Last year, the New York Times reported on an unusual deal between the New York City Health and Hospitals Corporation and a proprietary (for-profit) Caribbean medical school that attracts US citizens who were not admitted to US medical schools:
New York City’s Health and Hospitals Corporation has signed a 10-year, $100 million contract with a profit-making medical school in the Caribbean to provide clinical training for hundreds of students at the city’s 11 public hospitals.
The unusual deal, proposed by a member of the corporation’s board who has long worked for the Caribbean school, has been met by an outcry from New York medical schools fearing that clerkship slots will grow scarcer and that they might have to increase tuitions to compete.
Critics worry that the hospital corporation, whose mission is to serve the city’s poor, is conferring prestige on a foreign school whose curriculum, they say, is more vocational than research-based and often caters to affluent students who could not get into schools in the United States.
They say that the contract, with St. George’s University School of Medicine on the island of Grenada, has turned a meritocracy into a bounty system in which struggling city hospitals collect more for every St. George’s student they take, and could squeeze out local students.
'This changes the whole dynamic from an academic relationship to a dollar-based relationship,' said Dr. Michael J. Reichgott, associate dean for clinical affairs and graduate medical education at Albert Einstein College of Medicine in the Bronx.
Traditionally, medical schools have sent third- and fourth-year students into city hospitals to work — and learn — alongside doctors without being charged.
Under the contract, which was signed last year but never publicly announced, St. George’s pays the hospitals $400 to $425 per student per week — St. George’s charges students about $1,000 a week in tuition — on top of an annual fee of $50,000 for hospitals that take 24 or more St. George’s students.
The contract also bans the hospitals from providing clerkships to other Caribbean medical schools — a critical provision to St. George’s, which has faced heightened competition in recent years, particularly from Ross University on the island of Dominica, part of DeVry Inc., a publicly traded educational company, since 2003.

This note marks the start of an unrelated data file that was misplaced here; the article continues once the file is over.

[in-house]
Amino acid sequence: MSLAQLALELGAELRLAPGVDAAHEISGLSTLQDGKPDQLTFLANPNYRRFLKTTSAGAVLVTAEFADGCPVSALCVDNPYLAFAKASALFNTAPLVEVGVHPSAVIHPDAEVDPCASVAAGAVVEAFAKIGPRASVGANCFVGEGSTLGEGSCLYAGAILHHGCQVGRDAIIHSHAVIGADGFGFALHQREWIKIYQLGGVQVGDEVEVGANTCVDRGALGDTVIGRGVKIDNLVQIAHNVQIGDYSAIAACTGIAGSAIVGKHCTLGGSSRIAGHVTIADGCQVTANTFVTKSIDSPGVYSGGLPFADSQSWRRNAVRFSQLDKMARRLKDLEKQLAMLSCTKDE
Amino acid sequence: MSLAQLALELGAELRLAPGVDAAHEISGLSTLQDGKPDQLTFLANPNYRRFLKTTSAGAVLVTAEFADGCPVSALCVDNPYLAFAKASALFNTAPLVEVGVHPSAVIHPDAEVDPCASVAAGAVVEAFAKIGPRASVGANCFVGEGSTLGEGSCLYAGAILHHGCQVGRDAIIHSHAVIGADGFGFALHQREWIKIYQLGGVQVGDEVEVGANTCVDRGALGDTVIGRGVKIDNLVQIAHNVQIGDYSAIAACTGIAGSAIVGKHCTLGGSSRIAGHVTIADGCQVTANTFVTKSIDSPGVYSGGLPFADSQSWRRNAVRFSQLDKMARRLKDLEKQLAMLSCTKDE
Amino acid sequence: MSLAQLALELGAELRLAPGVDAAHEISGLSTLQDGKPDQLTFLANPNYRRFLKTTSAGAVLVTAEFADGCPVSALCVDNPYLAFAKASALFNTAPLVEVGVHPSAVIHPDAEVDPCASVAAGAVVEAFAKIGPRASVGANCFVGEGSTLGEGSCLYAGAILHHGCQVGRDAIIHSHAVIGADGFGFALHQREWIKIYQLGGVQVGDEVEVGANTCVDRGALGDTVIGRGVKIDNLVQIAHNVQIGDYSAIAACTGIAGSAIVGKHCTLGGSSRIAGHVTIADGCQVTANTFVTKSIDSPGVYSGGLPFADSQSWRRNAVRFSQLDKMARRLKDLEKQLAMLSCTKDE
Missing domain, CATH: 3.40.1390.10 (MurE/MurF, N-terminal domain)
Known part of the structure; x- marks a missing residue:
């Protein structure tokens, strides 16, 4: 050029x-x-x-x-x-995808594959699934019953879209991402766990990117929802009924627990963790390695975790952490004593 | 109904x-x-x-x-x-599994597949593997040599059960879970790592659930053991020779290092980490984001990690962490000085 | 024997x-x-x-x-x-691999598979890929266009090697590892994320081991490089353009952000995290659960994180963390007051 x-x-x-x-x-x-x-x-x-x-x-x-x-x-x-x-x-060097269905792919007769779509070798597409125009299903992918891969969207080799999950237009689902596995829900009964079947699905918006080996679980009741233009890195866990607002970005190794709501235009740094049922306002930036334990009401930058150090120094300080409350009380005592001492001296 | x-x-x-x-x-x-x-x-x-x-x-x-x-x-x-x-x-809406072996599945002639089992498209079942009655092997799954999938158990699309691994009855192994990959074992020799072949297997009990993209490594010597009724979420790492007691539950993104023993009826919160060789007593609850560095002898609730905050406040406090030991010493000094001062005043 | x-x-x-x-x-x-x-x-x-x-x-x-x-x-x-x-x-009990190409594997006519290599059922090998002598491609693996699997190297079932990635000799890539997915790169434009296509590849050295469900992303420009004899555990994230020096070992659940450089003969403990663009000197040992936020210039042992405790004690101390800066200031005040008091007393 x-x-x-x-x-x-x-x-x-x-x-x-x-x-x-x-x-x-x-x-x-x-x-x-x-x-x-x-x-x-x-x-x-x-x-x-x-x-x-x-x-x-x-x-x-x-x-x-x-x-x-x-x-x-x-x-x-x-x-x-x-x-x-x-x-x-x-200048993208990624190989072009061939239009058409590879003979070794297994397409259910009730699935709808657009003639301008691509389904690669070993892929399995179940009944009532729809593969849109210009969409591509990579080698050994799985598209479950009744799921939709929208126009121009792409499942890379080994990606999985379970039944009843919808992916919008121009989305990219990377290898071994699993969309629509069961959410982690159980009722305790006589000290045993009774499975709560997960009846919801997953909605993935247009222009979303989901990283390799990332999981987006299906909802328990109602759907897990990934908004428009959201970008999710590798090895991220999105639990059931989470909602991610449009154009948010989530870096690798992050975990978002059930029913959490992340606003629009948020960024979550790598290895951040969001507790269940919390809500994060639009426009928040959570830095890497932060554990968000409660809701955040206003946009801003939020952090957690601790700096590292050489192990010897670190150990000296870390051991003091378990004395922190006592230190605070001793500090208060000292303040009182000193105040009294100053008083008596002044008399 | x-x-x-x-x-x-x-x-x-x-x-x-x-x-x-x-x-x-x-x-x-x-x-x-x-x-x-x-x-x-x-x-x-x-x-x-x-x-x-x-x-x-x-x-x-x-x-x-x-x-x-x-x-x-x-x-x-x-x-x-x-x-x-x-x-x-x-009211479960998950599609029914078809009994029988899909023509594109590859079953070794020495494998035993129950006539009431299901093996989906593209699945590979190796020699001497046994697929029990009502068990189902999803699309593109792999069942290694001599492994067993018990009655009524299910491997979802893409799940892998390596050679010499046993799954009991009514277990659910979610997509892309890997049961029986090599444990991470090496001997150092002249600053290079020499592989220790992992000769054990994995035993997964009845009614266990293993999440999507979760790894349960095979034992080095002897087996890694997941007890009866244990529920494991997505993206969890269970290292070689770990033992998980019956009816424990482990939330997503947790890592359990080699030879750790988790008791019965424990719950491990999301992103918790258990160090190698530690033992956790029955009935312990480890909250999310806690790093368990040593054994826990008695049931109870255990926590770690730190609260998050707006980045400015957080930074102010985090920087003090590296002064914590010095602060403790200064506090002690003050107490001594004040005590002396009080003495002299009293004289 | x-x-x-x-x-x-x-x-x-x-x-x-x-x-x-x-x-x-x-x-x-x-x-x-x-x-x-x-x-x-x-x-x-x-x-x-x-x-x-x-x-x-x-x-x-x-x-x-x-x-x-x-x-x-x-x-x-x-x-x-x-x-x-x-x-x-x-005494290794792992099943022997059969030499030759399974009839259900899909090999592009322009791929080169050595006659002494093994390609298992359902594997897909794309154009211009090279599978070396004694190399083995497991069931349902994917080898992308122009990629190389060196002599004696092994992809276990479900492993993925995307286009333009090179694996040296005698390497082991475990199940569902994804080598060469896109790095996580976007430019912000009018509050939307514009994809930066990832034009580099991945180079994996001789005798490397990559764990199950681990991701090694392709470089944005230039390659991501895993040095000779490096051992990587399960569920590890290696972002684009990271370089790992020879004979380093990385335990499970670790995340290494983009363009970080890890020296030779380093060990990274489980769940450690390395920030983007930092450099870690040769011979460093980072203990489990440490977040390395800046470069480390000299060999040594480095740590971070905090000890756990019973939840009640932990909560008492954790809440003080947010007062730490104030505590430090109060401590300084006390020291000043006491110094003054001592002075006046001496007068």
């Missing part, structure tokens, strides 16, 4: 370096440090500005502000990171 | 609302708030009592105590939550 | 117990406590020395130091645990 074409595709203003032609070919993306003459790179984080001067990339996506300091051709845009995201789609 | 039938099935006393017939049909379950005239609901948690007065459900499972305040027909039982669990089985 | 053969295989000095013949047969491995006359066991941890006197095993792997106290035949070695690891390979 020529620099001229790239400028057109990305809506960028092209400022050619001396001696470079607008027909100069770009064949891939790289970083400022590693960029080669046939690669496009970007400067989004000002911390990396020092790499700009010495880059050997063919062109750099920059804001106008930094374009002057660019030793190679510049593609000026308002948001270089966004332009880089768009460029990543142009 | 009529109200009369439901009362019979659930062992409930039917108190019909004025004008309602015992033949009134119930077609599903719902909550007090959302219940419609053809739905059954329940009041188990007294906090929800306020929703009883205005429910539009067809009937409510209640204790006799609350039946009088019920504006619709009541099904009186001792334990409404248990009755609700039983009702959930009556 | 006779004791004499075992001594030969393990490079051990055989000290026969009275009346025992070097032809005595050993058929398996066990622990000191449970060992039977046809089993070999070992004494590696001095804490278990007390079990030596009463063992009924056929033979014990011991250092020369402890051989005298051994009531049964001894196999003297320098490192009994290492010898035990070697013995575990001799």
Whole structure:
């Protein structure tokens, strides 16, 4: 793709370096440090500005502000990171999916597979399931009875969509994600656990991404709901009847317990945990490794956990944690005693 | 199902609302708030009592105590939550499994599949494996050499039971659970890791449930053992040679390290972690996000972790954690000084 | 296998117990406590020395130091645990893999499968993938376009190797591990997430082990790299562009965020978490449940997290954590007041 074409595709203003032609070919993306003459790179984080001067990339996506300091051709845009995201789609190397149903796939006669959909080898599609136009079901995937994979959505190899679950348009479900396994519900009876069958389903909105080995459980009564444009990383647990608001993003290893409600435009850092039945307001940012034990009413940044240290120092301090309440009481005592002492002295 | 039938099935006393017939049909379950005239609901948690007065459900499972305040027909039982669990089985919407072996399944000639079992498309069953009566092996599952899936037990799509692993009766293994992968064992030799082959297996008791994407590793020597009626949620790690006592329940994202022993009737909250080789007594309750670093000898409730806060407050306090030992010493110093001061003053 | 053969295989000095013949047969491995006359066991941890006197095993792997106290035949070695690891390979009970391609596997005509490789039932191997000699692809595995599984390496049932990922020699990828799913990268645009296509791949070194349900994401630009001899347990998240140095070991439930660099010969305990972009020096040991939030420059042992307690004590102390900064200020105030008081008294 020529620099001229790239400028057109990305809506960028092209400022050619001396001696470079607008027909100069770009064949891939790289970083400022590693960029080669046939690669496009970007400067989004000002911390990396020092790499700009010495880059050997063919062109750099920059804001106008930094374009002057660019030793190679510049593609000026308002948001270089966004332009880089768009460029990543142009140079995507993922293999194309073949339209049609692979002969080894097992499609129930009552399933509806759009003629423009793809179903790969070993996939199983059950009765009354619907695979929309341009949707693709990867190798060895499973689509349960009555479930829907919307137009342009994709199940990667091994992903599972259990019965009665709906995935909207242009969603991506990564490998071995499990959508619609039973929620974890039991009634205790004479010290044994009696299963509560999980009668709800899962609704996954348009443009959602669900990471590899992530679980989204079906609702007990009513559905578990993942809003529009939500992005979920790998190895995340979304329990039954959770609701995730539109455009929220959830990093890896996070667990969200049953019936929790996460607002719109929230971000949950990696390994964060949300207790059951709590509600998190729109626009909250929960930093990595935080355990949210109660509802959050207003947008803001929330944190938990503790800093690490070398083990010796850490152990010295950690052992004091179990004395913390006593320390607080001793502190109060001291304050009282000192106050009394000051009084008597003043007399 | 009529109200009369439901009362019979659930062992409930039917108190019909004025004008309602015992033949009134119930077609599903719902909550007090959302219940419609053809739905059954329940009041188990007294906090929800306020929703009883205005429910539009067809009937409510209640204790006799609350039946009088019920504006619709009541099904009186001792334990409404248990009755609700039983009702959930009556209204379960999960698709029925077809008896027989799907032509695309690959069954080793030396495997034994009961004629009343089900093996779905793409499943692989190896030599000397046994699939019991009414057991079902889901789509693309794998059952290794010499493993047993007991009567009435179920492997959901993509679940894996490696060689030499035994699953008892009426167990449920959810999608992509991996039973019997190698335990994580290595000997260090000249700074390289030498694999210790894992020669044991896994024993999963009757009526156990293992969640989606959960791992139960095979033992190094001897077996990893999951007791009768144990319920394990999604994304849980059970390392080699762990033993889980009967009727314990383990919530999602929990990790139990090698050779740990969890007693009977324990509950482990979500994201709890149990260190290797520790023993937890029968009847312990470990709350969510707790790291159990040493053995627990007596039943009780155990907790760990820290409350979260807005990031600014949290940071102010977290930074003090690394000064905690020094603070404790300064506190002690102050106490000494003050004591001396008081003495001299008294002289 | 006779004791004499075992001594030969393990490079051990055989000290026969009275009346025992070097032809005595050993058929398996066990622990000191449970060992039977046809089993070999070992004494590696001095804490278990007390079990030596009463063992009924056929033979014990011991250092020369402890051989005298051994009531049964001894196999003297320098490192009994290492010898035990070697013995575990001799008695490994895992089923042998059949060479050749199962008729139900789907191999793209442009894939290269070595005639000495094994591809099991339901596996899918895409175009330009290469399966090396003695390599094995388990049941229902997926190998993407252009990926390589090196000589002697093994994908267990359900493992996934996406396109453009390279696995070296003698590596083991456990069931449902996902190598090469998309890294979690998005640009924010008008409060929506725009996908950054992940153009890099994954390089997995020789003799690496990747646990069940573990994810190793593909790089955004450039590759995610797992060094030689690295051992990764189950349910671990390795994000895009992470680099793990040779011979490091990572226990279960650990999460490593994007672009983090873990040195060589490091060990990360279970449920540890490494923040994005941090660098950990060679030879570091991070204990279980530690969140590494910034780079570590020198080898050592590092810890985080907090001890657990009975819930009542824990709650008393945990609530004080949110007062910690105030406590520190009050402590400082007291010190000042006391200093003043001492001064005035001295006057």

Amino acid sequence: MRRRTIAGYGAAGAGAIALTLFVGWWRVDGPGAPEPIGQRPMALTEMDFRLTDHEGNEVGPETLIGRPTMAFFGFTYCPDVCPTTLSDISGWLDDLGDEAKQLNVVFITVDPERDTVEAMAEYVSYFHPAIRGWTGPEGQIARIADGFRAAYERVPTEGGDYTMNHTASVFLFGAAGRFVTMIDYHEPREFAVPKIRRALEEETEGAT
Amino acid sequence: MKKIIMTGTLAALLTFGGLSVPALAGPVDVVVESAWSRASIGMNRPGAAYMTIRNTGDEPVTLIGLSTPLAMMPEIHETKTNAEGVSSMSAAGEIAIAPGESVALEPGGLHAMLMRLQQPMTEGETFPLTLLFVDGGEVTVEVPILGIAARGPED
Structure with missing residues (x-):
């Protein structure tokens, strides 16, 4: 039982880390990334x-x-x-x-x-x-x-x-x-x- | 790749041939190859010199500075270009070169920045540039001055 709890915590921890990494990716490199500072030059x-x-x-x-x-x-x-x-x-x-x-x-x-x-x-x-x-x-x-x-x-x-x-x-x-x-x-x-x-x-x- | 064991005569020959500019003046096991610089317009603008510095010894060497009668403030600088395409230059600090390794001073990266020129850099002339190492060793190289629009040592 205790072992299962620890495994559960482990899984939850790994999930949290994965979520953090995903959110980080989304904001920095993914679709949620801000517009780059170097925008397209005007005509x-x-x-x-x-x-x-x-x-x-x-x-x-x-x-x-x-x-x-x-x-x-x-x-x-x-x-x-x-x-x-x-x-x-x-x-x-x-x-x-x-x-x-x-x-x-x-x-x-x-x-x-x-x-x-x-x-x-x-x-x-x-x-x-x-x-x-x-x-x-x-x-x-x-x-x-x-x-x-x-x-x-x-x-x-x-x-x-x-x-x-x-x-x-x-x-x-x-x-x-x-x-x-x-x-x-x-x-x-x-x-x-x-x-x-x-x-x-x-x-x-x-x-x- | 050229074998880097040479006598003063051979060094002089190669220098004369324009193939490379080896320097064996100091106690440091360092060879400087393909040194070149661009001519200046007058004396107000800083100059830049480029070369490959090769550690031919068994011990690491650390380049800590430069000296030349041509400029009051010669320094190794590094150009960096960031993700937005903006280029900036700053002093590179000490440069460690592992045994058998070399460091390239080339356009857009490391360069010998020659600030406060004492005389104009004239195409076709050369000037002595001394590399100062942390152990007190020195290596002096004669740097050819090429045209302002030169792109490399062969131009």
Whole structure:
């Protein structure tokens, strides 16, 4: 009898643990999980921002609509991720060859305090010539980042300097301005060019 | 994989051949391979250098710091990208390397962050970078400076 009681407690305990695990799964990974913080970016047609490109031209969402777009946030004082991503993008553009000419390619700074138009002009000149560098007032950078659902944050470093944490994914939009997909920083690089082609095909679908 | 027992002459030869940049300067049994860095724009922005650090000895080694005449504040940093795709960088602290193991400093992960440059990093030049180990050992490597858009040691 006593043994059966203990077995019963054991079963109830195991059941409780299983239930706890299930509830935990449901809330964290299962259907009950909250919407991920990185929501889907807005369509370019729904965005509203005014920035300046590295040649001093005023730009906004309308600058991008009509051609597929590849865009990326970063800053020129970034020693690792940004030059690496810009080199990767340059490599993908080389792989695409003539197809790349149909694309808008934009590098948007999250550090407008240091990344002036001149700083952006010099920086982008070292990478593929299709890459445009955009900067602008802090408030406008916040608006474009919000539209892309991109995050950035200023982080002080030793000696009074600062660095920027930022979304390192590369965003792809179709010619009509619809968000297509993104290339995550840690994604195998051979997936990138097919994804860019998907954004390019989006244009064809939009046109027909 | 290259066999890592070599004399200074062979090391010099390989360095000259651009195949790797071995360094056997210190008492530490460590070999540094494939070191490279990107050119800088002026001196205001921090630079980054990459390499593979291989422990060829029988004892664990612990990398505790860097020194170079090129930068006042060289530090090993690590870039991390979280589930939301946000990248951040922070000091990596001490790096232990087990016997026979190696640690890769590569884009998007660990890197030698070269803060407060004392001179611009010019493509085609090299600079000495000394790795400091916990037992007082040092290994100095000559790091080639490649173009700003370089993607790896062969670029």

Note that the contract was unusual in several ways. Not only did it permit a for-profit, proprietary medical school which is not accredited in the US pay hospitals to provide clerkships which they traditionally had provided without a fee to not-for-profit, US medical schools, but also it included a clause that apparently prevented other for-profit, proprietary medical schools from competing for these training physicians by also paying fees, and was signed in secret, only becoming public because of the Times' reporting.
Furthermore, not only was the contract unusual, but the processes that lead to its approval were also unusual:
The board member who first proposed the exclusive contract, Dr. Daniel D. Ricciardi — a 1981 graduate of St. George’s and a rheumatologist affiliated with Long Island College Hospital in Brooklyn — said he had recused himself from deliberations involving St. George’s. Dr. Ricciardi, who has been on the 16-member corporation board since 2000 and on the St. George’s faculty for about 15 years, said he did not benefit financially from the deal. He was promoted to St. George’s dean of clinical studies and put in charge of United States clerkships shortly before the contract was signed.Dr Ricciardi may or may not have felt obligated to discuss this issue during confession, but three days later, the NY Times again reported:
'I don’t have to go to confession on this one, I really don’t,' he said. 'Everybody’s saying there’s a conflict here, and it comes back to me. They’re disgruntled, jealous. A report was written on the school, and the judgment was made based on merit, not on political push.'
A board member of New York City’s Health and Hospitals Corporation resigned on Thursday, after the agency began an inquiry into his role in securing a 10-year, $100 million contract for a Caribbean medical school where he has long had a paid position.And just to provide the icing on the cake, despite Dr Ricciardi's denial that his job at St George's constituted a conflict of interest, two weeks ago, the NY Times further reported: